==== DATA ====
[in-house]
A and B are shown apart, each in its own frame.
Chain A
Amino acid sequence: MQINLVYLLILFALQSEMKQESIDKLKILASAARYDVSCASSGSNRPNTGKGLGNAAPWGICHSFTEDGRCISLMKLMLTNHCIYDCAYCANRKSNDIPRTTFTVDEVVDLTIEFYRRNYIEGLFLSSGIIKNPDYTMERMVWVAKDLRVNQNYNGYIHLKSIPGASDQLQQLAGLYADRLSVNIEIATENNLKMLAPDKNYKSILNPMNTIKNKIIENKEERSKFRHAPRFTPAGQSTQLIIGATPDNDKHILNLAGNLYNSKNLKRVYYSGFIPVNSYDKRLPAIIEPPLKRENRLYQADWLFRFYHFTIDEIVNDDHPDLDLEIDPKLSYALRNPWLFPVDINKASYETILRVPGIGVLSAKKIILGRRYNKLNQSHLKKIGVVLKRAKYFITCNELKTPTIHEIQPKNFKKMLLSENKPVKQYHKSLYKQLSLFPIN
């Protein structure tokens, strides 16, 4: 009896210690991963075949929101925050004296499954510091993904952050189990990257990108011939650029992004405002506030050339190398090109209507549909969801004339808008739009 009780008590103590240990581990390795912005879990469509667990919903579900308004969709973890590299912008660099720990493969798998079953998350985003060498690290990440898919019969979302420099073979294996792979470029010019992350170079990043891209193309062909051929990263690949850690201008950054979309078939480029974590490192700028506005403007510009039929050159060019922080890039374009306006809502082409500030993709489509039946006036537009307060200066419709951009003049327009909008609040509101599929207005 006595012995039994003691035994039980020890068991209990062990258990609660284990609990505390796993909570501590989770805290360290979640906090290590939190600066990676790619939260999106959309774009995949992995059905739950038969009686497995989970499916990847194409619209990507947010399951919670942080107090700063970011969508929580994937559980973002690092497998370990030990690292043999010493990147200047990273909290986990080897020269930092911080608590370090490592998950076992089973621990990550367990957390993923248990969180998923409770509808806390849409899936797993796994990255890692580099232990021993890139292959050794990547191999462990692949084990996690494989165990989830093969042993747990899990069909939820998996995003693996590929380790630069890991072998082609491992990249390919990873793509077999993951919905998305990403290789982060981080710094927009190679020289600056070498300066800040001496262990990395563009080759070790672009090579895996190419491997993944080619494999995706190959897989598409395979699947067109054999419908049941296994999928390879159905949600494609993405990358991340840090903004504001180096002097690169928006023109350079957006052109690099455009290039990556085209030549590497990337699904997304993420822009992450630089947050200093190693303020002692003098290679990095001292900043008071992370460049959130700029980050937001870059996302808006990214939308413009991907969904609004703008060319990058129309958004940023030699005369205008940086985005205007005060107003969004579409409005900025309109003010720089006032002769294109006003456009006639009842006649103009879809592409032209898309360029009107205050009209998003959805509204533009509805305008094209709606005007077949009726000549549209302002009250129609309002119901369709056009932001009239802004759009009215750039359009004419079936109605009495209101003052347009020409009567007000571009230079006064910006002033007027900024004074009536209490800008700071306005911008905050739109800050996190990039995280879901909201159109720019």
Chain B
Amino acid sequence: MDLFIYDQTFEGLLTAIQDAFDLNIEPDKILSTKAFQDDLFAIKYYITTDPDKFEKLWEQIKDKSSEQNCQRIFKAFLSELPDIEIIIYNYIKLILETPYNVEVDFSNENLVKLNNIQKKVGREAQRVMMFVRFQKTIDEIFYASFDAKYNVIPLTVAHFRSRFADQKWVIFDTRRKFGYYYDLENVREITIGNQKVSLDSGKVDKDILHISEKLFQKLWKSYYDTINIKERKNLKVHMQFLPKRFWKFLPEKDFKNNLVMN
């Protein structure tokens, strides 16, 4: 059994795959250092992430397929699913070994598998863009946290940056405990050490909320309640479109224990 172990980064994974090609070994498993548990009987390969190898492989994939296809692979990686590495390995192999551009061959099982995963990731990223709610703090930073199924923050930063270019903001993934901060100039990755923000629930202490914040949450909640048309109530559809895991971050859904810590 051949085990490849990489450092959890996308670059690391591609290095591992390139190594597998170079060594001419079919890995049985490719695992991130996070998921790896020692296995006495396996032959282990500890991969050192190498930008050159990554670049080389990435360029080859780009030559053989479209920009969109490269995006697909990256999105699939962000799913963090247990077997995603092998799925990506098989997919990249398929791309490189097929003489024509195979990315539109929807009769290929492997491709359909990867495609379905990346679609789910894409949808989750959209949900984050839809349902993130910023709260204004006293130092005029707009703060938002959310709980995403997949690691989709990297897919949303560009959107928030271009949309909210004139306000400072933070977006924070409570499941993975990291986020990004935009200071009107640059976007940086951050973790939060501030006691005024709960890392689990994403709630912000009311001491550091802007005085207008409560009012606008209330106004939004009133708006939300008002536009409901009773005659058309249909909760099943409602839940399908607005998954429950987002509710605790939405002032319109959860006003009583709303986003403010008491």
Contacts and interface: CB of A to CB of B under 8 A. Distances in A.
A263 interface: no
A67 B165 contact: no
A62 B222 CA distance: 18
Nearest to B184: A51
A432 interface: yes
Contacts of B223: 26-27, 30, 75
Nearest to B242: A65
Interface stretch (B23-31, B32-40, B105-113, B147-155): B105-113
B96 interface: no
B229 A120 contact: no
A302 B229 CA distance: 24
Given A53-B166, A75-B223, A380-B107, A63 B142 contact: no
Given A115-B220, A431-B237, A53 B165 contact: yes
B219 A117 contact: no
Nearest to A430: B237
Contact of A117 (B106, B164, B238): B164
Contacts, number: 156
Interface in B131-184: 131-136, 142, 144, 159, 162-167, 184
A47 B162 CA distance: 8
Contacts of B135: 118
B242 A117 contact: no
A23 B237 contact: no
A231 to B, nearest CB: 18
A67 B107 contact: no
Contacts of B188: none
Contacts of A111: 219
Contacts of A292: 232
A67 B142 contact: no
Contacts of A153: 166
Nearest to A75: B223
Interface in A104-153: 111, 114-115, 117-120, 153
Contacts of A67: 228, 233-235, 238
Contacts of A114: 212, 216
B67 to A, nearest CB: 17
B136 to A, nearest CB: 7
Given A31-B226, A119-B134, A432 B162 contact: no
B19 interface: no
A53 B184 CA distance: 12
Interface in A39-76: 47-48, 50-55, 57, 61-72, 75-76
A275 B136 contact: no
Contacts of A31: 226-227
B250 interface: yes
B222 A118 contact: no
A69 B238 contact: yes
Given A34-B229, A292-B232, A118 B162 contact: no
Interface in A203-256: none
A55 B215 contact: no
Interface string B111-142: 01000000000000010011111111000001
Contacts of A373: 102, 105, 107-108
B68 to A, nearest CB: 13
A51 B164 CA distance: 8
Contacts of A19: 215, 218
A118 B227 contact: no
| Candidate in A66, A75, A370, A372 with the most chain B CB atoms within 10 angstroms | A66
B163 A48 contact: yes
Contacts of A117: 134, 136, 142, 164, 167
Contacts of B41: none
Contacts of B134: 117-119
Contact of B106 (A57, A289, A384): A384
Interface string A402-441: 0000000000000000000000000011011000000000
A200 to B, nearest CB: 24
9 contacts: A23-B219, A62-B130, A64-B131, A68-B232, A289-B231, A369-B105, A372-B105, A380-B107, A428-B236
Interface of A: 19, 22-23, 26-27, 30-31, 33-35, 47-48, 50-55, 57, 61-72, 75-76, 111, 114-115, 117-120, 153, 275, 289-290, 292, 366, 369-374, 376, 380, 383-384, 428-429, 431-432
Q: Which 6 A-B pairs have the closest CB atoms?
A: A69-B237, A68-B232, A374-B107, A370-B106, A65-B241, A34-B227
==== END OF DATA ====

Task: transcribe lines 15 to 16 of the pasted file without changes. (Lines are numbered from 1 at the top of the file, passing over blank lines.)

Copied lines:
Contacts of B223: 26-27, 30, 75
Nearest to B242: A65